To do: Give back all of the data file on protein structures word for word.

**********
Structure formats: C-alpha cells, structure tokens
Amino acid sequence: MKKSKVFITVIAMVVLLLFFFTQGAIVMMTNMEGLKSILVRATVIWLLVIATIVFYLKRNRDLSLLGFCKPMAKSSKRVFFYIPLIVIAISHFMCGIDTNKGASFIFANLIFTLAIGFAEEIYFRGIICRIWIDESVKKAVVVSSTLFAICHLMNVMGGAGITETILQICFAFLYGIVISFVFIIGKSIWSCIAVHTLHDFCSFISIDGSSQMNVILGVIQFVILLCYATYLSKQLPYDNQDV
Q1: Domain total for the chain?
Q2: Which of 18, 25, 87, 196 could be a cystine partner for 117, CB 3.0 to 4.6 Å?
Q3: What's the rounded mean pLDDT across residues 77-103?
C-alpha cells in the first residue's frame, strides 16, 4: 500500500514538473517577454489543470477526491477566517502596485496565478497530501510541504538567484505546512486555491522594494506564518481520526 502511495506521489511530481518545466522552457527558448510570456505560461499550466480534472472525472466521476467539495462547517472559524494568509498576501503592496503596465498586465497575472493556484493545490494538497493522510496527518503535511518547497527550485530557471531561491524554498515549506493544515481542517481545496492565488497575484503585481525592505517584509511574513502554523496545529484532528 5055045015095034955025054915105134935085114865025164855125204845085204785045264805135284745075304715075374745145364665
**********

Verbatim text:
Structure formats: C-alpha cells, structure tokens
Amino acid sequence: MKKSKVFITVIAMVVLLLFFFTQGAIVMMTNMEGLKSILVRATVIWLLVIATIVFYLKRNRDLSLLGFCKPMAKSSKRVFFYIPLIVIAISHFMCGIDTNKGASFIFANLIFTLAIGFAEEIYFRGIICRIWIDESVKKAVVVSSTLFAICHLMNVMGGAGITETILQICFAFLYGIVISFVFIIGKSIWSCIAVHTLHDFCSFISIDGSSQMNVILGVIQFVILLCYATYLSKQLPYDNQDV
Q1: Domain total for the chain?
Q2: Which of 18, 25, 87, 196 could be a cystine partner for 117, CB 3.0 to 4.6 Å?
Q3: What's the rounded mean pLDDT across residues 77-103?
C-alpha cells in the first residue's frame, strides 16, 4: 500500500514538473517577454489543470477526491477566517502596485496565478497530501510541504538567484505546512486555491522594494506564518481520526 502511495506521489511530481518545466522552457527558448510570456505560461499550466480534472472525472466521476467539495462547517472559524494568509498576501503592496503596465498586465497575472493556484493545490494538497493522510496527518503535511518547497527550485530557471531561491524554498515549506493544515481542517481545496492565488497575484503585481525592505517584509511574513502554523496545529484532528 5055045015095034955025054915105134935085114865025164855125204845085204785045264805135284745075304715075374745145364665